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Iran’s Foreign Policy Under Raisi and Failure to Garner International Support



By Ikechukwu Emeka Onyia

The recent tragic death of Iranian President Ebrahim Raisi in an airplane crash has left the future of Iran’s foreign policy hanging in the balance.

The inability of Iran to rally any sovereign state to its defense during direct confrontations with Israel highlights the challenges facing Iranian foreign policy. Unlike Israel, which has enjoyed the support of a US-led alliance for its defense, Iran’s status quo has failed to trigger military solidarity among multiple sovereign states.

The lack of international support for Iran in its conflicts with Israel raises questions about the effectiveness of its foreign policy approach. Despite its efforts, Iran has been unable to secure backing from other nations, leaving it at a disadvantage in the face of its posture as a Middle-East regional power and confrontation with the state of Israel.

While Iran has been successful in supporting non-state actors and proxy groups such as Houthi rebels of Yemen, Hezbollah in Lebanon, Hamas and others as part of its strategic power struggle in the region, its inability to garner the support of sovereign states in times of crisis is a significant setback.

This disparity becomes evident when comparing Iran’s situation to that of Israel, which has maintained a strong alliance with the United States and other nations as exemplified during the recent Iran/Israel direct confrontation.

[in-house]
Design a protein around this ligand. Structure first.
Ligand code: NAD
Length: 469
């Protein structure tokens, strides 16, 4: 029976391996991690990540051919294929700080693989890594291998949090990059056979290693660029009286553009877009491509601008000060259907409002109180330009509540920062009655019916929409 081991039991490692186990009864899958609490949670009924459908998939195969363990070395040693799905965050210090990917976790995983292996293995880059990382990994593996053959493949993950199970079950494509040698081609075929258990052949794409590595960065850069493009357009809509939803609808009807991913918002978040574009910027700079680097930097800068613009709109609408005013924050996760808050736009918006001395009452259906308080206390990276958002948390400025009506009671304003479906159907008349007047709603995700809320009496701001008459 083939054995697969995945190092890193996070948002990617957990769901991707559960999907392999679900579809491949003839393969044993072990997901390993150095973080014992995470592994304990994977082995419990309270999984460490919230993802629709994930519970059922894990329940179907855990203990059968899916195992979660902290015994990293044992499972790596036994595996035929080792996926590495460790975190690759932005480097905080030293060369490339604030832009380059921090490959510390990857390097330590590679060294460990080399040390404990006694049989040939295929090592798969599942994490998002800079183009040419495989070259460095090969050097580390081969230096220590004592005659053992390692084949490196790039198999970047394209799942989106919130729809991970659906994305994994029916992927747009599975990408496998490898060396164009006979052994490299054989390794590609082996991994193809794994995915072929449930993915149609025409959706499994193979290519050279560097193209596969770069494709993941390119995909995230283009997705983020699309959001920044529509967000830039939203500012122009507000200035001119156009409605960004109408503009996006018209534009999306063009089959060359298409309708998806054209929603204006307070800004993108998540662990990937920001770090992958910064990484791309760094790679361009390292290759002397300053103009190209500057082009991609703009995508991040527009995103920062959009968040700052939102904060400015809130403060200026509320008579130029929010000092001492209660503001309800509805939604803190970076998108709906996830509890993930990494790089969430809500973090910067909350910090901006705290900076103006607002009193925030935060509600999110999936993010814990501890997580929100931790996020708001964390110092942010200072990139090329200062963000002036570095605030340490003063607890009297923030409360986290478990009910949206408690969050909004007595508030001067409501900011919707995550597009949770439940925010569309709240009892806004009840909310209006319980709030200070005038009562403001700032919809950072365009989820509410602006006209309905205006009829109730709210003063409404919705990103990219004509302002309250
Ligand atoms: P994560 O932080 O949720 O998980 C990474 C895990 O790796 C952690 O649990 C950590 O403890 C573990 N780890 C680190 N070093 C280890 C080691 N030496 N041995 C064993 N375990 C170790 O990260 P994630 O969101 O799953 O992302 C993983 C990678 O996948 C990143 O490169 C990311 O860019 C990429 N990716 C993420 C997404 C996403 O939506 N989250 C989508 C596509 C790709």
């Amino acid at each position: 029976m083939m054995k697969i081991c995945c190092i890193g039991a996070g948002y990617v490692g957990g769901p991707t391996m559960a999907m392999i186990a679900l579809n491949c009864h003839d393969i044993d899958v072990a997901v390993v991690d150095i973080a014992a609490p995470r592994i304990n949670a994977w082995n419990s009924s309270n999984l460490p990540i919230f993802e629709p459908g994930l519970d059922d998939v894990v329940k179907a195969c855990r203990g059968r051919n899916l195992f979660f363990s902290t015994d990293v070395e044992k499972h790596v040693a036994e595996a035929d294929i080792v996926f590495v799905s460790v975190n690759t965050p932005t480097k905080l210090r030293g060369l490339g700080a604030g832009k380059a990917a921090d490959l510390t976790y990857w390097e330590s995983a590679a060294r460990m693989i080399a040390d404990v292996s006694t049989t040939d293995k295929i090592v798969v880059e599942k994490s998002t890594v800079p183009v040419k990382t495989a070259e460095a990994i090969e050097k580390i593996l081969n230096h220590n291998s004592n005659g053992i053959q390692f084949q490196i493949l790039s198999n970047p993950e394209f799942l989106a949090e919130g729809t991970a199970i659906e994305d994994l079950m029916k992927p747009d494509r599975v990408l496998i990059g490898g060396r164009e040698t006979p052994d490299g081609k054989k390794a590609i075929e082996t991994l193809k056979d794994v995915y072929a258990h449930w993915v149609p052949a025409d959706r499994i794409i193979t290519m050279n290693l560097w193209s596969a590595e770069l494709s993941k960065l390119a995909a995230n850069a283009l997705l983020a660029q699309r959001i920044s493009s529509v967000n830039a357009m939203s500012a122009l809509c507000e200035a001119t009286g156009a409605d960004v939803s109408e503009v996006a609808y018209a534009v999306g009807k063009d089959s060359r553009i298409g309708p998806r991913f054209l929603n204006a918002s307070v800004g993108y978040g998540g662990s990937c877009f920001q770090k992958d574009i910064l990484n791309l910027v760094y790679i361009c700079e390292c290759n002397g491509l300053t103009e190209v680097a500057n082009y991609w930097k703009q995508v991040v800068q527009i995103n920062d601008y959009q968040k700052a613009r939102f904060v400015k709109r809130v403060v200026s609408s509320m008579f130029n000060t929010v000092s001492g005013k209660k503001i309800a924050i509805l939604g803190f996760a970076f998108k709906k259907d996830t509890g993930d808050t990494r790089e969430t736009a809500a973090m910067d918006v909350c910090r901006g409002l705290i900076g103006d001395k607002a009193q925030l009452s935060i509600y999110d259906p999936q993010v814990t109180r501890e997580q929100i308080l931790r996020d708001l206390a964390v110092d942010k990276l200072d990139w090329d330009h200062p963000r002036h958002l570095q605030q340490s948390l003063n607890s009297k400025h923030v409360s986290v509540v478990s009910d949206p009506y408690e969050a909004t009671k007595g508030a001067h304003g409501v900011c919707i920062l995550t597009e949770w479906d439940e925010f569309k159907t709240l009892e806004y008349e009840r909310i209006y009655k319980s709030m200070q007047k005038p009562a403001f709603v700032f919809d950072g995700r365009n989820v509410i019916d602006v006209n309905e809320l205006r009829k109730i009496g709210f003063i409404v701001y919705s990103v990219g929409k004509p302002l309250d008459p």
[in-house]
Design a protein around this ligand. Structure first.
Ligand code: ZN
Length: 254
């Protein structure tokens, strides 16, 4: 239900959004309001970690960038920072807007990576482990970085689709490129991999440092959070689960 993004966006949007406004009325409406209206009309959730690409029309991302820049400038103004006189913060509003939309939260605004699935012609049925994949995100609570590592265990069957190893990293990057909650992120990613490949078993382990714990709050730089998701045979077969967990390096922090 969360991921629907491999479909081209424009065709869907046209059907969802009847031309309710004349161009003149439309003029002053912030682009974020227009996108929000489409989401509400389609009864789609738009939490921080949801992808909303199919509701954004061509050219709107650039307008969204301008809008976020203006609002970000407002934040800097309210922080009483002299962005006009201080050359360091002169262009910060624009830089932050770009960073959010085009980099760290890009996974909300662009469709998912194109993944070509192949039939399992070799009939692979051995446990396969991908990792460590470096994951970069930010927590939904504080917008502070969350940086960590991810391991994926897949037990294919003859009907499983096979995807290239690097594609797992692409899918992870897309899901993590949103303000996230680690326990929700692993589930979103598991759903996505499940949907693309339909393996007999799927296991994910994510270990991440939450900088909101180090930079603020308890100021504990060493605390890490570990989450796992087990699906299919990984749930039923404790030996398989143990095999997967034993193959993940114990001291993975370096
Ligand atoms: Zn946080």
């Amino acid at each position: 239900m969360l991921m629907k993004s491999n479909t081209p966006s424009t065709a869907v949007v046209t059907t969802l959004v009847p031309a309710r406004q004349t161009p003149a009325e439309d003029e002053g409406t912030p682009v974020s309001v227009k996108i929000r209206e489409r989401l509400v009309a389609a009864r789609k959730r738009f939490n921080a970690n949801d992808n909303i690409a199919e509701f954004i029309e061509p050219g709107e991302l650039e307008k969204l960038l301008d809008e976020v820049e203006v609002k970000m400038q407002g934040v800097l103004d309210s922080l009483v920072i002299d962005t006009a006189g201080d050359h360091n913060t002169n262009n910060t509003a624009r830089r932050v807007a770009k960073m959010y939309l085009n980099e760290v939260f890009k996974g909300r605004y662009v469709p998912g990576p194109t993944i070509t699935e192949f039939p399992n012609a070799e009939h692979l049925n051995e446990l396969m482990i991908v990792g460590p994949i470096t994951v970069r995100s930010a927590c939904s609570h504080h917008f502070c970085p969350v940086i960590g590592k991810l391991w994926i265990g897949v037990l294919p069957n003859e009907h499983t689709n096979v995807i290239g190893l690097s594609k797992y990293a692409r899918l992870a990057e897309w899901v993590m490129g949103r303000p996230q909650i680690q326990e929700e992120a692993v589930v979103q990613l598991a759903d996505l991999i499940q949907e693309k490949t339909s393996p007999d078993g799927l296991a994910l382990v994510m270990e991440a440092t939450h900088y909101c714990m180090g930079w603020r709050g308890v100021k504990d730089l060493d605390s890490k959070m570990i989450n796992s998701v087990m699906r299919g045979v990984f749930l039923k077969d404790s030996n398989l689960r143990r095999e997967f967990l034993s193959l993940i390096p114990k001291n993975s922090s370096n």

The absence of a robust international coalition supporting Iran raises concerns about the effectiveness of its foreign policy strategies.

It highlights the need for Iran to reassess its approach and seek avenues for building stronger diplomatic and military alliances with sovereign states.

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As Iran navigates the challenges of its foreign policy landscape, it must address the limitations that have hindered its ability to garner international solidarity.

The lack of support from sovereign states during confrontations with Israel underscores the importance of building alliances and fostering relationships with other nations.

In the face of these challenges, the Iranian government must evaluate its foreign policy status quo and work towards a more comprehensive approach that can garner the support of multiple sovereign states. Only through such efforts can Iran hope to strengthen its position and effectively address regional conflicts.

As the new leadership takes the helm in Iran, it will be crucial for them to reassess and adapt their foreign policy strategies to overcome these challenges and build stronger international alliances.

Is Iran going to join new friends, align with US led coalition or stick with its correct policy?

The future of Iran’s foreign policy hangs in the balance, and it is imperative for the nation to find ways to overcome the current obstacles it faces.

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